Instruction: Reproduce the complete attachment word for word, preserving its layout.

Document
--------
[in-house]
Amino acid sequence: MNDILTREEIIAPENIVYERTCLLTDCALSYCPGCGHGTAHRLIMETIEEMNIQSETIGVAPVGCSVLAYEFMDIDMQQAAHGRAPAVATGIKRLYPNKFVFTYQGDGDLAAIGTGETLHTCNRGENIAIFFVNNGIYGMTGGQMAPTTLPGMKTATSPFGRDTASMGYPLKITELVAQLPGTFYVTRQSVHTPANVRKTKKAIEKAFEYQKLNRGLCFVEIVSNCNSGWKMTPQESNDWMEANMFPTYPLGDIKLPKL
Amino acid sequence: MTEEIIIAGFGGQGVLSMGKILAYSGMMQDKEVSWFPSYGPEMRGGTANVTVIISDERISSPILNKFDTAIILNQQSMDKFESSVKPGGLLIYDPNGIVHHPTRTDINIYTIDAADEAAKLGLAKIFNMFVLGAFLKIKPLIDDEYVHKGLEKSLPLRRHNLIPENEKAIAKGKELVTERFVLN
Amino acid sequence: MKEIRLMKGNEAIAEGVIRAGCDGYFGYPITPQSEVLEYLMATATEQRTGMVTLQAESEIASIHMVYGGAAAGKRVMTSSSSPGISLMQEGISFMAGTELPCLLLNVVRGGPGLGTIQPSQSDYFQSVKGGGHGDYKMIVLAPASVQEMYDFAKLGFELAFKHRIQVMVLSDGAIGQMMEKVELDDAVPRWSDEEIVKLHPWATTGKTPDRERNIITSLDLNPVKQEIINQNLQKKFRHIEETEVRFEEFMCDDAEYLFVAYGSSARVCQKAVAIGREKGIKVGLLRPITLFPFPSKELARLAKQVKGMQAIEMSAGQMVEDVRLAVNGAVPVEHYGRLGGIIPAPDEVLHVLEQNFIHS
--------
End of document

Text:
[in-house]
Amino acid sequence: MNDILTREEIIAPENIVYERTCLLTDCALSYCPGCGHGTAHRLIMETIEEMNIQSETIGVAPVGCSVLAYEFMDIDMQQAAHGRAPAVATGIKRLYPNKFVFTYQGDGDLAAIGTGETLHTCNRGENIAIFFVNNGIYGMTGGQMAPTTLPGMKTATSPFGRDTASMGYPLKITELVAQLPGTFYVTRQSVHTPANVRKTKKAIEKAFEYQKLNRGLCFVEIVSNCNSGWKMTPQESNDWMEANMFPTYPLGDIKLPKL
Amino acid sequence: MTEEIIIAGFGGQGVLSMGKILAYSGMMQDKEVSWFPSYGPEMRGGTANVTVIISDERISSPILNKFDTAIILNQQSMDKFESSVKPGGLLIYDPNGIVHHPTRTDINIYTIDAADEAAKLGLAKIFNMFVLGAFLKIKPLIDDEYVHKGLEKSLPLRRHNLIPENEKAIAKGKELVTERFVLN
Amino acid sequence: MKEIRLMKGNEAIAEGVIRAGCDGYFGYPITPQSEVLEYLMATATEQRTGMVTLQAESEIASIHMVYGGAAAGKRVMTSSSSPGISLMQEGISFMAGTELPCLLLNVVRGGPGLGTIQPSQSDYFQSVKGGGHGDYKMIVLAPASVQEMYDFAKLGFELAFKHRIQVMVLSDGAIGQMMEKVELDDAVPRWSDEEIVKLHPWATTGKTPDRERNIITSLDLNPVKQEIINQNLQKKFRHIEETEVRFEEFMCDDAEYLFVAYGSSARVCQKAVAIGREKGIKVGLLRPITLFPFPSKELARLAKQVKGMQAIEMSAGQMVEDVRLAVNGAVPVEHYGRLGGIIPAPDEVLHVLEQNFIHS